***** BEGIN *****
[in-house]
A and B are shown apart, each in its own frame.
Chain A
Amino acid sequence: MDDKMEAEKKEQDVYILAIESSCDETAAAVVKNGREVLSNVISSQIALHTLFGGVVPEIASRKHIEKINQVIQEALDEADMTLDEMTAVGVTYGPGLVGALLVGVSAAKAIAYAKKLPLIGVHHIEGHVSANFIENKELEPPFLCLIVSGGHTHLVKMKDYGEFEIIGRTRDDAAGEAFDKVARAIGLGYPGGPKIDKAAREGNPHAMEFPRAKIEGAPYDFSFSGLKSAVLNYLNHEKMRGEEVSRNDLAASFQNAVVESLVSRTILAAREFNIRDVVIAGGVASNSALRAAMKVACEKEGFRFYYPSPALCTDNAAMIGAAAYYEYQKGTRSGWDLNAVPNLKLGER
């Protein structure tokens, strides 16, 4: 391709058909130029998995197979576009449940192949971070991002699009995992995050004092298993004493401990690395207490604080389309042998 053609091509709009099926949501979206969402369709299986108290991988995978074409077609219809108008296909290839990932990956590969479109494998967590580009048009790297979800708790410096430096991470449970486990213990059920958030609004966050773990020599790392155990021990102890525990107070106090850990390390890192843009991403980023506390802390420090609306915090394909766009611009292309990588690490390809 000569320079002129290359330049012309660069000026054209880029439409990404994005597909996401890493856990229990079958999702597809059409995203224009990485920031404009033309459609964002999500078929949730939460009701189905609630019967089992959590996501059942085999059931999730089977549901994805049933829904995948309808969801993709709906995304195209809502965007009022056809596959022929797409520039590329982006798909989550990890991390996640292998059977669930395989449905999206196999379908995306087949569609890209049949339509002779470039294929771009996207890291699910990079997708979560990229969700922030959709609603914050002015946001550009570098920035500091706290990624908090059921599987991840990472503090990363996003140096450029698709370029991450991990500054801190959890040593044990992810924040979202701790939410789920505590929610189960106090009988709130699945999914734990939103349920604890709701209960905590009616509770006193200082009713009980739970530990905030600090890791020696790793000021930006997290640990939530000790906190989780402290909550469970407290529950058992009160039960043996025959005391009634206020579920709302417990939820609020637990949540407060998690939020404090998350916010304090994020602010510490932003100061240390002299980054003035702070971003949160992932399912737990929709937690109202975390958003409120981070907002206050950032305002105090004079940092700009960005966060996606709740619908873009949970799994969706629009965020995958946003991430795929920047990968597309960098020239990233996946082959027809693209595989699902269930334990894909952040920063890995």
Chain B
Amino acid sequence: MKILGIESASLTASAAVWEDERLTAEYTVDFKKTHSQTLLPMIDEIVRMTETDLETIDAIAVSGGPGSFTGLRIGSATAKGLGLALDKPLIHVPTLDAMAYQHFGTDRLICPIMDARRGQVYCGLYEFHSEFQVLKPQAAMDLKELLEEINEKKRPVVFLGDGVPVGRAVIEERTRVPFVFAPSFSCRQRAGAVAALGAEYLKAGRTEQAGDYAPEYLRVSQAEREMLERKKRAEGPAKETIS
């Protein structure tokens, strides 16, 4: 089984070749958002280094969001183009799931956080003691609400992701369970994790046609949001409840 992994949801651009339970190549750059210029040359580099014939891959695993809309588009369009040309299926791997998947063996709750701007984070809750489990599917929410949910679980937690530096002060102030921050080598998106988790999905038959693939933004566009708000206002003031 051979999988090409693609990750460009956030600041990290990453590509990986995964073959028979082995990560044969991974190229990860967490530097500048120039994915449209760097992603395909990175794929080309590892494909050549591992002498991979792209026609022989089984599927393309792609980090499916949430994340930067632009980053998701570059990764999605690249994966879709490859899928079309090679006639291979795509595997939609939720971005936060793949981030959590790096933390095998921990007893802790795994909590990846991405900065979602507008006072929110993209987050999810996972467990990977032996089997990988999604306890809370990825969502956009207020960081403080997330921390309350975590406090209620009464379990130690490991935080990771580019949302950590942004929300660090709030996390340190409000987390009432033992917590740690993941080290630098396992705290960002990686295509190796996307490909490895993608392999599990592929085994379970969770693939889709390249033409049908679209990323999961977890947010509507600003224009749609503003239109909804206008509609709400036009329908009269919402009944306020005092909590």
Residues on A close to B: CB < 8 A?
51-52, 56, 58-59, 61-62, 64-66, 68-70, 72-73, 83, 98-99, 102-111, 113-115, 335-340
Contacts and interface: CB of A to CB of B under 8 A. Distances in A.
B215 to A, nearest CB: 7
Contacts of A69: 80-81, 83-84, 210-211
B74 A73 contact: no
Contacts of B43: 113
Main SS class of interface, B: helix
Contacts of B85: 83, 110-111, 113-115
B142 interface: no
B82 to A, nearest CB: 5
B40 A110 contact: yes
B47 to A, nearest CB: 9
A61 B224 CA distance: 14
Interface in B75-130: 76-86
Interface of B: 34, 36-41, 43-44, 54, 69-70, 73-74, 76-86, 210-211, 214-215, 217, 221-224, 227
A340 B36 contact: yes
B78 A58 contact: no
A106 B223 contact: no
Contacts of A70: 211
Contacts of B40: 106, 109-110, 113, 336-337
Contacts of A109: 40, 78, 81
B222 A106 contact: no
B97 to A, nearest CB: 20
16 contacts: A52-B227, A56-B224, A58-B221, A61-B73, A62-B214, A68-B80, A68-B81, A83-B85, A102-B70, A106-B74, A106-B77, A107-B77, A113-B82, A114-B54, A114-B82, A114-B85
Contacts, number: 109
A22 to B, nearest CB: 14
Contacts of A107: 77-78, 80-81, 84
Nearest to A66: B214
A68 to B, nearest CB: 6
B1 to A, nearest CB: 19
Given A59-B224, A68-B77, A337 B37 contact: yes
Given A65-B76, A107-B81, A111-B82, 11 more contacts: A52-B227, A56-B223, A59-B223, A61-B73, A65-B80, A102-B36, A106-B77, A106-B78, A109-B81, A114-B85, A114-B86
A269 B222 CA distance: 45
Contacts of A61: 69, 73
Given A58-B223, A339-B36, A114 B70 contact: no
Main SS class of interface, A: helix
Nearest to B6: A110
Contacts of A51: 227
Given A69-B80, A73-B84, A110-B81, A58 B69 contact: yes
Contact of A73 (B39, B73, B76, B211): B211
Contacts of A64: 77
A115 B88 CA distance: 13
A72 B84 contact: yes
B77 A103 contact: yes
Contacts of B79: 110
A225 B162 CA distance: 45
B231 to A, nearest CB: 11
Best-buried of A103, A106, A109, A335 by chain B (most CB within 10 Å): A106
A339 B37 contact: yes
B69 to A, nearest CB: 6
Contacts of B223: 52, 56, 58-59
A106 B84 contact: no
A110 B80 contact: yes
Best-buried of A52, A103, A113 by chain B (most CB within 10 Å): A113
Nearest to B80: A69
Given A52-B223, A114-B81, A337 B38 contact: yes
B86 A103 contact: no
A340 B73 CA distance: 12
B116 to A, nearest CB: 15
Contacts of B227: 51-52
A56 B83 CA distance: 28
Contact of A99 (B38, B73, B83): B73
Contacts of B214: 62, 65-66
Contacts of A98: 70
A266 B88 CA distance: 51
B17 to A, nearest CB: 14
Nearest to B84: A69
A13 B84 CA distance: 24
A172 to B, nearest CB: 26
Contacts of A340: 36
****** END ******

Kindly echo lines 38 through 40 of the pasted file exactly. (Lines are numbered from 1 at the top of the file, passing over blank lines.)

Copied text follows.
A68 to B, nearest CB: 6
B1 to A, nearest CB: 19
Given A59-B224, A68-B77, A337 B37 contact: yes